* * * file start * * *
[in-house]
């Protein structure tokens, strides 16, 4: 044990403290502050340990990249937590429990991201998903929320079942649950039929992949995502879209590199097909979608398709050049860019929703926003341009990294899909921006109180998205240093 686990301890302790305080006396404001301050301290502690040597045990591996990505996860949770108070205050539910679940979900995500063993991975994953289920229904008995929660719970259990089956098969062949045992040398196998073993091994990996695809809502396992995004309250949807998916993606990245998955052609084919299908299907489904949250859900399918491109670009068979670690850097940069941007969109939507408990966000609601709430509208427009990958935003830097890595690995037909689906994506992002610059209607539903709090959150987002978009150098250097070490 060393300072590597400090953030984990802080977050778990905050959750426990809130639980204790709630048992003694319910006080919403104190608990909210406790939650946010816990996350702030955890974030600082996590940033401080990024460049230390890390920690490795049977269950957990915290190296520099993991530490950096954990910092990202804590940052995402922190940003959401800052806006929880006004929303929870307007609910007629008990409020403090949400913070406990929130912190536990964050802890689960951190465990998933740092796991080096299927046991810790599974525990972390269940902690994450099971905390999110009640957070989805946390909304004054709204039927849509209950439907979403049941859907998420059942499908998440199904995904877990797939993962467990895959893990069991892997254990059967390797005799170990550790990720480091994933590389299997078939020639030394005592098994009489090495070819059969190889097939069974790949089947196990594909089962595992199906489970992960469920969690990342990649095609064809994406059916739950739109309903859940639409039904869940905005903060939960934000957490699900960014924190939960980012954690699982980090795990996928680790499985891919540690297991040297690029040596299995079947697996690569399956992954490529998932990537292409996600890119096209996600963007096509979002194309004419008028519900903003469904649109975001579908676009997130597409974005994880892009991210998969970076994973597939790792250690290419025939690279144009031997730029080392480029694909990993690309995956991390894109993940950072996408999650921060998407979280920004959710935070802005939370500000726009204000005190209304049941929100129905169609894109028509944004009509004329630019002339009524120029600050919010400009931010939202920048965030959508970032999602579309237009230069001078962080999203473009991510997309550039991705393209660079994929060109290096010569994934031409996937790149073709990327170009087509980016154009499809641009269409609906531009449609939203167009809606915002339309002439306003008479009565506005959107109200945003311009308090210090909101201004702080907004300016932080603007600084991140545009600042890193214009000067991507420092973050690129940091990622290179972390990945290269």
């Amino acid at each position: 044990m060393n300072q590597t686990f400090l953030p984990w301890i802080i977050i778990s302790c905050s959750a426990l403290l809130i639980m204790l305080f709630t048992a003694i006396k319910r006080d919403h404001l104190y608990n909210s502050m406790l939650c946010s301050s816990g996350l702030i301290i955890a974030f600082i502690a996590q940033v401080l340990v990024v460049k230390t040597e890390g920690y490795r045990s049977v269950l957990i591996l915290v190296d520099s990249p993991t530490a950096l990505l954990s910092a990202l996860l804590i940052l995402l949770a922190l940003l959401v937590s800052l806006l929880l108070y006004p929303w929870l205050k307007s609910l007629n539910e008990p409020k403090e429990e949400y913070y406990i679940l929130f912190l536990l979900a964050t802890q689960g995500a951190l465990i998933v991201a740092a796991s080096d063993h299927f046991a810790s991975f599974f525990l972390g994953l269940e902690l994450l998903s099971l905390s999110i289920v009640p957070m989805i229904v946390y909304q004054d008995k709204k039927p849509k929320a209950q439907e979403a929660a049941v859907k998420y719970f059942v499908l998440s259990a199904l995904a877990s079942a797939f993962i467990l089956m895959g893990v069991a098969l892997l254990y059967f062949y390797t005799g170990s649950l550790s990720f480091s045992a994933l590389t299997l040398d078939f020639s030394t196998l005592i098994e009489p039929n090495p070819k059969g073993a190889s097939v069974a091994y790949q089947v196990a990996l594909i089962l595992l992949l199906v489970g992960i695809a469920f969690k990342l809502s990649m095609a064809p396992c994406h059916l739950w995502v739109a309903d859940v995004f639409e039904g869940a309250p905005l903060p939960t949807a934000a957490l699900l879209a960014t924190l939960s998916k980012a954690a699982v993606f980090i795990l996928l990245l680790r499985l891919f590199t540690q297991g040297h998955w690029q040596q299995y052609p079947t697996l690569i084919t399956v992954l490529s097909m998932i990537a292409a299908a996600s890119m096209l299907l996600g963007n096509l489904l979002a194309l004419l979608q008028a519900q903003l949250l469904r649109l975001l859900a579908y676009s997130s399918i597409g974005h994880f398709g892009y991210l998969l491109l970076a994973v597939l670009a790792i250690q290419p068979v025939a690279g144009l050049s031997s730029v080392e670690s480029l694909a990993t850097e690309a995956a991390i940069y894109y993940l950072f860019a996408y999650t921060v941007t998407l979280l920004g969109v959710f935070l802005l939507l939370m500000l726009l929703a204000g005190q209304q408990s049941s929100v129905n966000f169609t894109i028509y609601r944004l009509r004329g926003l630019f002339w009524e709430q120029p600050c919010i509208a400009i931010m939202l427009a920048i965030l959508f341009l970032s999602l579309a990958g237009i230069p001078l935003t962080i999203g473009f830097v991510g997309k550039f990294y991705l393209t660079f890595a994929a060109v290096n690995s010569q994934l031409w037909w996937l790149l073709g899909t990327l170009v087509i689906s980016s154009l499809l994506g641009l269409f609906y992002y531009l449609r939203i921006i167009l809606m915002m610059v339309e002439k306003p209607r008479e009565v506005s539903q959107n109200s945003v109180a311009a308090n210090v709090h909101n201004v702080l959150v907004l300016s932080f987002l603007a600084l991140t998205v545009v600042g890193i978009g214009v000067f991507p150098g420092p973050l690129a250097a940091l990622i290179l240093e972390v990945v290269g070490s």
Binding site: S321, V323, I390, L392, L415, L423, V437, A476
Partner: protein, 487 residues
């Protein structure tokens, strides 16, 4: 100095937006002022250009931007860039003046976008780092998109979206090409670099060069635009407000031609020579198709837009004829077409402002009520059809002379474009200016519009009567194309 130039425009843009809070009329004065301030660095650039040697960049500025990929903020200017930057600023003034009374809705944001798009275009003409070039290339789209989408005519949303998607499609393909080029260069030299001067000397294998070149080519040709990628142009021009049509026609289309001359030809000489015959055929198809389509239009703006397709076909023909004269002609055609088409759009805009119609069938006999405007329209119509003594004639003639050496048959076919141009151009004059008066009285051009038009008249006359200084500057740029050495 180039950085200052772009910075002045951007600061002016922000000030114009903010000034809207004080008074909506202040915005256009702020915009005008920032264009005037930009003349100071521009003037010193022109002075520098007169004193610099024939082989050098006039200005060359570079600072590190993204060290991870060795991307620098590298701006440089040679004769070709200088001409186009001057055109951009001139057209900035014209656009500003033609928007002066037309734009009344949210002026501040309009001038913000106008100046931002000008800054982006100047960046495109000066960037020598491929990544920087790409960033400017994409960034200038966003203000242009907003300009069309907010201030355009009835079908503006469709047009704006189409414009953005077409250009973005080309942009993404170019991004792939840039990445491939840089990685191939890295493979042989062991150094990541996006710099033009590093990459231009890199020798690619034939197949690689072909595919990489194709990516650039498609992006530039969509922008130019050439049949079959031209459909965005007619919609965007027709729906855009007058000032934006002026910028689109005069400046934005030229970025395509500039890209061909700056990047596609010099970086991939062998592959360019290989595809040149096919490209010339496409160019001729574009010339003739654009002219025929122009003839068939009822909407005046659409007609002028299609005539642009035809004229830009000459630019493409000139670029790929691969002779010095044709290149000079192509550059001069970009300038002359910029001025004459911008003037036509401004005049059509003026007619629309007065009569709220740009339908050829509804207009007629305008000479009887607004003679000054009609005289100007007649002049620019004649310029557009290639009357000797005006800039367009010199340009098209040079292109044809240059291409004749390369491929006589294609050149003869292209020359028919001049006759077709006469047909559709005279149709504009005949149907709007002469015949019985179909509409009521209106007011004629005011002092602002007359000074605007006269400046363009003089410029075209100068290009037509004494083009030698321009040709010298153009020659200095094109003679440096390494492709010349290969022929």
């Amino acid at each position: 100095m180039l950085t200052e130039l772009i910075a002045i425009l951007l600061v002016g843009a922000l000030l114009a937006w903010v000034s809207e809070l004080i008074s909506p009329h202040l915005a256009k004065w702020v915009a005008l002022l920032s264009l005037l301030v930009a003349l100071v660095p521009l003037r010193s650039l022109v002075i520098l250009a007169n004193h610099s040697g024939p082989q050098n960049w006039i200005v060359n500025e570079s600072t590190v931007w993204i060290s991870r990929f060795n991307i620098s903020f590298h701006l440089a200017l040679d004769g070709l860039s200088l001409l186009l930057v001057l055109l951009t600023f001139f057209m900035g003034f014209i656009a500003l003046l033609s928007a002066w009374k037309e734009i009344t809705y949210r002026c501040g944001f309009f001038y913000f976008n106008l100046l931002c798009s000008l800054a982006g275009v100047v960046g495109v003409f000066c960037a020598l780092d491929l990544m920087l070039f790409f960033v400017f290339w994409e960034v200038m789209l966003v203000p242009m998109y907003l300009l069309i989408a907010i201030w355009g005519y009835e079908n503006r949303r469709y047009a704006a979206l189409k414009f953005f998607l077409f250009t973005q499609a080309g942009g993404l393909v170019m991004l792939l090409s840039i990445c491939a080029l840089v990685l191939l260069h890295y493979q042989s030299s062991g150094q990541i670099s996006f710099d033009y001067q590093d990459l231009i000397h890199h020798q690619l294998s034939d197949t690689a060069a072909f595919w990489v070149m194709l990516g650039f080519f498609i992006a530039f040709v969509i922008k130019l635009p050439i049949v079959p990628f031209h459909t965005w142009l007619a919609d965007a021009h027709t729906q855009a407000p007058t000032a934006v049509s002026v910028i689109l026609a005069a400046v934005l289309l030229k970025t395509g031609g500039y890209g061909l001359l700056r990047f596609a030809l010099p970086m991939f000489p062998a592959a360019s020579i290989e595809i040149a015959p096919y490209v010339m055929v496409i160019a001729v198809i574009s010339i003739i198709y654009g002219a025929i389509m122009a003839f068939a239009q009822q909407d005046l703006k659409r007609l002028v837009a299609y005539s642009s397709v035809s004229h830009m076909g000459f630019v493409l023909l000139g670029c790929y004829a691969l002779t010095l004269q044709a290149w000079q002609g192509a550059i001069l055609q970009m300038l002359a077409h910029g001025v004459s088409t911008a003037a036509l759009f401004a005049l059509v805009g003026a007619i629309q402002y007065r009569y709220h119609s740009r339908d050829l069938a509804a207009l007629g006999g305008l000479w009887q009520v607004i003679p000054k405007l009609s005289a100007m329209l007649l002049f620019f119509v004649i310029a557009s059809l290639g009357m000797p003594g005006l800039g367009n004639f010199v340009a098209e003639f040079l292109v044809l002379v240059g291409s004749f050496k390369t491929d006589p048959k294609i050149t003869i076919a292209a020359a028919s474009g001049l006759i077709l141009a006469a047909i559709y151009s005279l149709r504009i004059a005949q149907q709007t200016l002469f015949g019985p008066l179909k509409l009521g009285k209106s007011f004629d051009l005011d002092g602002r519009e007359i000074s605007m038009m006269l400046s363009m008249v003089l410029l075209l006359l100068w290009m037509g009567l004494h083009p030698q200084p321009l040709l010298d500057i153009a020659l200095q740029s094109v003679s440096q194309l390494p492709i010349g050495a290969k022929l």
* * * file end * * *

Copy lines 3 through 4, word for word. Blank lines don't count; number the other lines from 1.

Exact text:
């Amino acid at each position: 044990m060393n300072q590597t686990f400090l953030p984990w301890i802080i977050i778990s302790c905050s959750a426990l403290l809130i639980m204790l305080f709630t048992a003694i006396k319910r006080d919403h404001l104190y608990n909210s502050m406790l939650c946010s301050s816990g996350l702030i301290i955890a974030f600082i502690a996590q940033v401080l340990v990024v460049k230390t040597e890390g920690y490795r045990s049977v269950l957990i591996l915290v190296d520099s990249p993991t530490a950096l990505l954990s910092a990202l996860l804590i940052l995402l949770a922190l940003l959401v937590s800052l806006l929880l108070y006004p929303w929870l205050k307007s609910l007629n539910e008990p409020k403090e429990e949400y913070y406990i679940l929130f912190l536990l979900a964050t802890q689960g995500a951190l465990i998933v991201a740092a796991s080096d063993h299927f046991a810790s991975f599974f525990l972390g994953l269940e902690l994450l998903s099971l905390s999110i289920v009640p957070m989805i229904v946390y909304q004054d008995k709204k039927p849509k929320a209950q439907e979403a929660a049941v859907k998420y719970f059942v499908l998440s259990a199904l995904a877990s079942a797939f993962i467990l089956m895959g893990v069991a098969l892997l254990y059967f062949y390797t005799g170990s649950l550790s990720f480091s045992a994933l590389t299997l040398d078939f020639s030394t196998l005592i098994e009489p039929n090495p070819k059969g073993a190889s097939v069974a091994y790949q089947v196990a990996l594909i089962l595992l992949l199906v489970g992960i695809a469920f969690k990342l809502s990649m095609a064809p396992c994406h059916l739950w995502v739109a309903d859940v995004f639409e039904g869940a309250p905005l903060p939960t949807a934000a957490l699900l879209a960014t924190l939960s998916k980012a954690a699982v993606f980090i795990l996928l990245l680790r499985l891919f590199t540690q297991g040297h998955w690029q040596q299995y052609p079947t697996l690569i084919t399956v992954l490529s097909m998932i990537a292409a299908a996600s890119m096209l299907l996600g963007n096509l489904l979002a194309l004419l979608q008028a519900q903003l949250l469904r649109l975001l859900a579908y676009s997130s399918i597409g974005h994880f398709g892009y991210l998969l491109l970076a994973v597939l670009a790792i250690q290419p068979v025939a690279g144009l050049s031997s730029v080392e670690s480029l694909a990993t850097e690309a995956a991390i940069y894109y993940l950072f860019a996408y999650t921060v941007t998407l979280l920004g969109v959710f935070l802005l939507l939370m500000l726009l929703a204000g005190q209304q408990s049941s929100v129905n966000f169609t894109i028509y609601r944004l009509r004329g926003l630019f002339w009524e709430q120029p600050c919010i509208a400009i931010m939202l427009a920048i965030l959508f341009l970032s999602l579309a990958g237009i230069p001078l935003t962080i999203g473009f830097v991510g997309k550039f990294y991705l393209t660079f890595a994929a060109v290096n690995s010569q994934l031409w037909w996937l790149l073709g899909t990327l170009v087509i689906s980016s154009l499809l994506g641009l269409f609906y992002y531009l449609r939203i921006i167009l809606m915002m610059v339309e002439k306003p209607r008479e009565v506005s539903q959107n109200s945003v109180a311009a308090n210090v709090h909101n201004v702080l959150v907004l300016s932080f987002l603007a600084l991140t998205v545009v600042g890193i978009g214009v000067f991507p150098g420092p973050l690129a250097a940091l990622i290179l240093e972390v990945v290269g070490s």
Binding site: S321, V323, I390, L392, L415, L423, V437, A476